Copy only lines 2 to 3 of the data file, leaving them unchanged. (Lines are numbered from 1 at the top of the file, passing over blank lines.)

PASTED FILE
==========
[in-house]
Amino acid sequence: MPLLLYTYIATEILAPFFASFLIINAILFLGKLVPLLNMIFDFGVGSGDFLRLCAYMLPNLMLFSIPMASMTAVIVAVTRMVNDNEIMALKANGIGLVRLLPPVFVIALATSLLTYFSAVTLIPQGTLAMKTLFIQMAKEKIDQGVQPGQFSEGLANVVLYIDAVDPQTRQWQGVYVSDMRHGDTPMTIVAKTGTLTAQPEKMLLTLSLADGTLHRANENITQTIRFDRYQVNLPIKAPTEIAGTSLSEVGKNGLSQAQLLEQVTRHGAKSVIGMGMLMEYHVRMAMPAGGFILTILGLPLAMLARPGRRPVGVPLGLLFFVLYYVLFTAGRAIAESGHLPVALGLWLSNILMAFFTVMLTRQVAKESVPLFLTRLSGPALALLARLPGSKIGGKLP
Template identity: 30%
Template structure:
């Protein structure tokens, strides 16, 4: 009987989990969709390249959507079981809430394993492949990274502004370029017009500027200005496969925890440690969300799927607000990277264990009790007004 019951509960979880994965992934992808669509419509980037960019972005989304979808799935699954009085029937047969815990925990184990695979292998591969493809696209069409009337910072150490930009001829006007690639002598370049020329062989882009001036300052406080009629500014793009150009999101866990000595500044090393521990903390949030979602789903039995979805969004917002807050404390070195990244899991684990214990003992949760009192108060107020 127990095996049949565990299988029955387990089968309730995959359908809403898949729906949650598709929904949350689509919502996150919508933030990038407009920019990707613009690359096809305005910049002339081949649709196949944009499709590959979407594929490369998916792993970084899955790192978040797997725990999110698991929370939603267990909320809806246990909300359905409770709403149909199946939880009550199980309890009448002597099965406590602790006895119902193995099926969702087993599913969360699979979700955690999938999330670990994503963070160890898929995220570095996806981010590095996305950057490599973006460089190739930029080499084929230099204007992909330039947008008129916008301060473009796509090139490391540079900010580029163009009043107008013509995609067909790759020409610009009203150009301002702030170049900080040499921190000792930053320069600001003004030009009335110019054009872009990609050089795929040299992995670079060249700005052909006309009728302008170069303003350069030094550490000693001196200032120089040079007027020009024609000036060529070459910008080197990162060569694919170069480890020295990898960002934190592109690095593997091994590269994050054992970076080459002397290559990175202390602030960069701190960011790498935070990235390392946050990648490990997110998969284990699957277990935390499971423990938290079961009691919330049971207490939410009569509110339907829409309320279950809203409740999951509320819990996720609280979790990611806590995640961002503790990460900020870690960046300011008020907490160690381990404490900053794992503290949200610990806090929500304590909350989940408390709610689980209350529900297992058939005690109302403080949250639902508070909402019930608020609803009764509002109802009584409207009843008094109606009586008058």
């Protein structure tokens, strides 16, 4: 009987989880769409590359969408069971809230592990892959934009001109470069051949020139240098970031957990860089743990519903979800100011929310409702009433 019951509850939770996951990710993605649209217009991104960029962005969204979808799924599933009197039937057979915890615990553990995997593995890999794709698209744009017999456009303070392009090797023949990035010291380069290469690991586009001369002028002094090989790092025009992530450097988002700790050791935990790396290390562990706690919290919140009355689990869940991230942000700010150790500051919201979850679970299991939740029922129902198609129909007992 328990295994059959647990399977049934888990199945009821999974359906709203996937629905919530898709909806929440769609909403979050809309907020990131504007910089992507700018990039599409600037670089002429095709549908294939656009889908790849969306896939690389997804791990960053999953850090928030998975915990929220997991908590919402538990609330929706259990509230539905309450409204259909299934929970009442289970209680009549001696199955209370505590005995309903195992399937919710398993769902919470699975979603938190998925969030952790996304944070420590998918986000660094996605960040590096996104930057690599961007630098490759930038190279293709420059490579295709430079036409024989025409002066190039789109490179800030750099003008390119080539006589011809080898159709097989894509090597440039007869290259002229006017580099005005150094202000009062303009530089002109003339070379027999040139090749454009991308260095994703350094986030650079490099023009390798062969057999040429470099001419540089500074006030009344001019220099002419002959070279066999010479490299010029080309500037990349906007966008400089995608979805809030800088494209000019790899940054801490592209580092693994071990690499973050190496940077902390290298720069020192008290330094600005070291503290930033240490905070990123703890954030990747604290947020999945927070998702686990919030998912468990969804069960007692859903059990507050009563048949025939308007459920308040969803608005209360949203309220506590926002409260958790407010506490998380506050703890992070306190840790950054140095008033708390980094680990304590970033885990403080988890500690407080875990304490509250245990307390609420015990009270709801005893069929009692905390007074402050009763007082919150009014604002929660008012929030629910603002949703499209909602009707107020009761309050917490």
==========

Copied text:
Amino acid sequence: MPLLLYTYIATEILAPFFASFLIINAILFLGKLVPLLNMIFDFGVGSGDFLRLCAYMLPNLMLFSIPMASMTAVIVAVTRMVNDNEIMALKANGIGLVRLLPPVFVIALATSLLTYFSAVTLIPQGTLAMKTLFIQMAKEKIDQGVQPGQFSEGLANVVLYIDAVDPQTRQWQGVYVSDMRHGDTPMTIVAKTGTLTAQPEKMLLTLSLADGTLHRANENITQTIRFDRYQVNLPIKAPTEIAGTSLSEVGKNGLSQAQLLEQVTRHGAKSVIGMGMLMEYHVRMAMPAGGFILTILGLPLAMLARPGRRPVGVPLGLLFFVLYYVLFTAGRAIAESGHLPVALGLWLSNILMAFFTVMLTRQVAKESVPLFLTRLSGPALALLARLPGSKIGGKLP
Template identity: 30%